A private reception for those who made contributions to the Fountain will be held Saturday night.  

1 Greg Smith was son of E. C. Smith (also a VT Governor) and Grandson of Governor John Gregory Smith

2 From notes by Jeff Young

3 From The Fountain On The Park by Donald J. Miner

4 From Rotary International Web Site 

Interested in more information on St. Albans, VT, USA and the Civil War.  Research the St. Albans Raid to learn about the Northernmost land battle of the Civil War that occurred in St. Albans, Just 10 miles from the Canadian border.  

iOS 8 - What I Like Most

It’s been almost a month since I stood in line to get my new iPhone 6. I have to say I really do love the larger form factor especially the larger screen. Although there are quite a few upgrades to the new phone, the biggest difference is IOS 8. There has been some press about the new operating system bricking phones and having serious bugs, but my experience is very different. I have upgraded to 8.02, and have found it quite solid. Some apps do still crash but I think that’s more to do with the apps than the operating system.

There are some things in IOS 8 that make my life much easier. The first has to do with Siri. Here in Vermont, as of October 1 it’s illegal to hold a cell phone in your hand while you’re driving. Although I have been driving with my phone in a dock for some time, there have been times I’ve held it to do something, but now I know the state police are watching. As long as my phone is plugged in, I can say “hey Siri” and she will wake up and be ready for my command. If I need to make a phone call, all I have to do is say” hey Siri, call my wife at home” and she will begin to dial my wife’s telephone number. I don’t have to touch the phone at all. One of the other nice additions to Siri in IOS 8 is that she translates what I say immediately rather than waiting for me to stop speaking to translate. It makes a huge difference to be able to see what she’s translating as I’m speaking.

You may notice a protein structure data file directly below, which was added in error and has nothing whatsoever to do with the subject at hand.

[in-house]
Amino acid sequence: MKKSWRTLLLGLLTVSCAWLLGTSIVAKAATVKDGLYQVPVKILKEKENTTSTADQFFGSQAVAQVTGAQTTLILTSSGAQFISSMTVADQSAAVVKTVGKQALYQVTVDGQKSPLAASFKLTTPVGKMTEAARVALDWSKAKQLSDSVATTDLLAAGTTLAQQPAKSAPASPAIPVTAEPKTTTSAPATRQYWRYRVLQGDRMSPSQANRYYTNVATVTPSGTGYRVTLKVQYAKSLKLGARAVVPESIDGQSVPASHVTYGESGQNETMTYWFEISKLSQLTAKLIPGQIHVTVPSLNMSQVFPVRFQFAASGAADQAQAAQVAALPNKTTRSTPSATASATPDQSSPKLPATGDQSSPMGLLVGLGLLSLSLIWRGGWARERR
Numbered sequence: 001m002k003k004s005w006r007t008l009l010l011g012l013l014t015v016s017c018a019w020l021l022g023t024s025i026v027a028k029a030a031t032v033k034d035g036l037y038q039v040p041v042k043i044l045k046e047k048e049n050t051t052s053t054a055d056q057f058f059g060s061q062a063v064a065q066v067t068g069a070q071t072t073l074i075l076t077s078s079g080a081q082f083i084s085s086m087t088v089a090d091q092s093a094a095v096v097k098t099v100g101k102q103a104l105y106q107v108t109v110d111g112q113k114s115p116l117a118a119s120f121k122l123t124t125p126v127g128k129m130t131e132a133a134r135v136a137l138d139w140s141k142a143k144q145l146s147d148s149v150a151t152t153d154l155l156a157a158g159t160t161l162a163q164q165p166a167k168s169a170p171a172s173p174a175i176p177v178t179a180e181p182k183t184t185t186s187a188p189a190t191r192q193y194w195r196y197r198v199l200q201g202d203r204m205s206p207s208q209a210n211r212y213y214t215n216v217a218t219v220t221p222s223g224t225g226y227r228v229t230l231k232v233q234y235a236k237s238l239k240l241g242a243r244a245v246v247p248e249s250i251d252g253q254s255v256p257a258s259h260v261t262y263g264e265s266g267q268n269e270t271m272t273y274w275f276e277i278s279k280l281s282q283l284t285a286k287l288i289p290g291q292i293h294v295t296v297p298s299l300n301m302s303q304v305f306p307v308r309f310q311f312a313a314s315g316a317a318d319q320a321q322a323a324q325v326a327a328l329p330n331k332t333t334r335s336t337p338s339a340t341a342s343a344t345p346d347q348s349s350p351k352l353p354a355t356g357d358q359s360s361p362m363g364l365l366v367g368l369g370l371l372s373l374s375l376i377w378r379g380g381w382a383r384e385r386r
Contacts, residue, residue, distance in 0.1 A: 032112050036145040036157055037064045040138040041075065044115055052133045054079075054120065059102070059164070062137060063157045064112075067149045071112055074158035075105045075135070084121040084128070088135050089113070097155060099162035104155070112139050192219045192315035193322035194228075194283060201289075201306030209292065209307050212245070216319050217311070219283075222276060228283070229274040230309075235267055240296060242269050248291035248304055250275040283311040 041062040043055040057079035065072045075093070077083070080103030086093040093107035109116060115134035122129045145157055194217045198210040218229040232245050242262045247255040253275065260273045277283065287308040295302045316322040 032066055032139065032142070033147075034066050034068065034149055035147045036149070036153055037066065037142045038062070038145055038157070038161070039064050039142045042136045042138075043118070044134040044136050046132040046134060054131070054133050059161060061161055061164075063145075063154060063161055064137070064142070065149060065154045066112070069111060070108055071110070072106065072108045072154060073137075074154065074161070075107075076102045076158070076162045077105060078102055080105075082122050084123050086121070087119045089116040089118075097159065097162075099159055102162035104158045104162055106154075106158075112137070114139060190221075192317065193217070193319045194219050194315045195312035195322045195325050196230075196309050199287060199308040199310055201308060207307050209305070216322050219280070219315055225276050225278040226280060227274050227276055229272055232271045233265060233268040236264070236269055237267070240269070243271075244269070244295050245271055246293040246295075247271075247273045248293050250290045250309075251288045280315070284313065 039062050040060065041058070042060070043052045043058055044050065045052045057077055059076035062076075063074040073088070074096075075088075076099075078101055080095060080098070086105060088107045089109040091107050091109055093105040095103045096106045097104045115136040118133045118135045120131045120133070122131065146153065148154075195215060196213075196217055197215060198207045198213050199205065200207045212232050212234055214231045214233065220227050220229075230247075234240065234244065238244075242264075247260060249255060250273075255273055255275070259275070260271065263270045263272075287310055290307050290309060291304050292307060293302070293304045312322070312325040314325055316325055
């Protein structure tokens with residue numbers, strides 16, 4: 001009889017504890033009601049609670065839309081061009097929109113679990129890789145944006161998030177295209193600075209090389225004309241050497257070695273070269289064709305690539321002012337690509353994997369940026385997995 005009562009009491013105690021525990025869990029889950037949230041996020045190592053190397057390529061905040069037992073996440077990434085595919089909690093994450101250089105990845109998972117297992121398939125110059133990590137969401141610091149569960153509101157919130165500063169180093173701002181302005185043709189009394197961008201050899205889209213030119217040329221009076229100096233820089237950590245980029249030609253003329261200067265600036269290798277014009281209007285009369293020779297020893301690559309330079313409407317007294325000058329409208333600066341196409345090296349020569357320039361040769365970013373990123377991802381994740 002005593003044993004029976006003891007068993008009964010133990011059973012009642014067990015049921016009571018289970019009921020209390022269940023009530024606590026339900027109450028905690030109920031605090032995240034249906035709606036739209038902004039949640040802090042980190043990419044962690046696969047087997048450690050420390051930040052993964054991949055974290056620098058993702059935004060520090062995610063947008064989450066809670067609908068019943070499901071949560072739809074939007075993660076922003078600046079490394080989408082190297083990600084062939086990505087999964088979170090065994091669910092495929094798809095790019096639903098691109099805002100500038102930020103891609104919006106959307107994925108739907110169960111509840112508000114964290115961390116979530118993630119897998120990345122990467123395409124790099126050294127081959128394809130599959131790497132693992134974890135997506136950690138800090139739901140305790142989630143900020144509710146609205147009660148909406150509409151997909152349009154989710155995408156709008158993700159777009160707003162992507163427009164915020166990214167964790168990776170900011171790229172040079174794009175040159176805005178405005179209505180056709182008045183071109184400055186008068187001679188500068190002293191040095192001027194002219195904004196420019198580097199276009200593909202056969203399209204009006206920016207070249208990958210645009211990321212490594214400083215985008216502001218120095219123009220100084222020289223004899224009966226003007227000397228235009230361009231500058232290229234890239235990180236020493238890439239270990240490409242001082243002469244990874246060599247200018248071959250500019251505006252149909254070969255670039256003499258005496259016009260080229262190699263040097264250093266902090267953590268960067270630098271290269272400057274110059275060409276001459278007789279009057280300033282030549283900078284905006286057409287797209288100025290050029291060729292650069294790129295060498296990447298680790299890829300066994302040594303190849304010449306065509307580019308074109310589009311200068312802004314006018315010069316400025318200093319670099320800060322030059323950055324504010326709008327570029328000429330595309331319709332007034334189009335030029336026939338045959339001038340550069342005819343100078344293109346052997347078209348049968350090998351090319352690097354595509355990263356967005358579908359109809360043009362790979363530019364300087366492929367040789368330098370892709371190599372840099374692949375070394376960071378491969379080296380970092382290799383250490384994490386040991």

The second thing that I use all the time in IOS 8 is the custom keyboard feature. Android has for a long time had a keyboard called SwiftKey that allowed you to drag a finger along the keyboard to type. I was both jealous and disappointed that we didn’t have that ability on our iPhones. Now we do. SwiftKey is indeed a timesaver, and it’s amazing how intuitive it actually is. I don’t have to be exact when dragging my finger along the keyboard. It seems to understand just what I mean to type.

While on the topic of keyboards, Apple added predictive typing to their own keyboard. Predictive typing has been around since the beginning in a primitive form in that as I type a bubble would appear offering a suggestion of what I might mean to be typing. It worked on a word by word basis. Now there’s a bar that appears above the Apple keyboard that offers up three suggested words that I might mean to type in addition to suggestions for the next word I may want to type. It takes some getting used to, watching the bar above the keyboard as I type, but as I have become more familiar with it, it has sped up my typing dramatically.

Interactive notifications is another addition then enhances productivity. It’s quite common to be working in one app when I get a notification or and imessage from someone. Prior to IOS eight I would have to leave the app that I was working in, open the app that was notifying me and perform whatever action was required. Now when the notification pops up on the top of my screen, I can simply tap on it, reply, and send it without ever leaving the screen I was working in. In addition, the notification window that appears by dragging a finger down from the top of the screen, now is customizable. There are apps that have things called widgets that can be added to this notification window. I have added Evernote and Weather Underground to my notification window. So, now instead of having to tap on my home button, find and open Evernote, all I have to do is drag down and tap on the icon of what I want to do within Evernote and I’m there. I also can see my favorite weather app and it’s information right in front of me as I am drag down the notification window. Now not every app has created a widget, but my guess is many more will get on board. If you haven’t downloaded IOS eight, I personally recommended it. I know many more people that love it than have had trouble with it.

Frustration Averted

I love my iPad Air! What I love most is how light it is. My iPad 3 was light too when I bought it, but by the time I put a folding case on it, it started to feel a bit hefty. So, when I bought my new Air, I only went with the Apple cover because it was as minimal as I could find and added the least amount of weight. 

There is a problem though. Sometimes I want to work in portrait mode. Certain apps only display in portrait also. The Apple cover folds to prop up the iPad but only in landscape mode, so I have to work flat if I want to be in portrait mode. Not any more.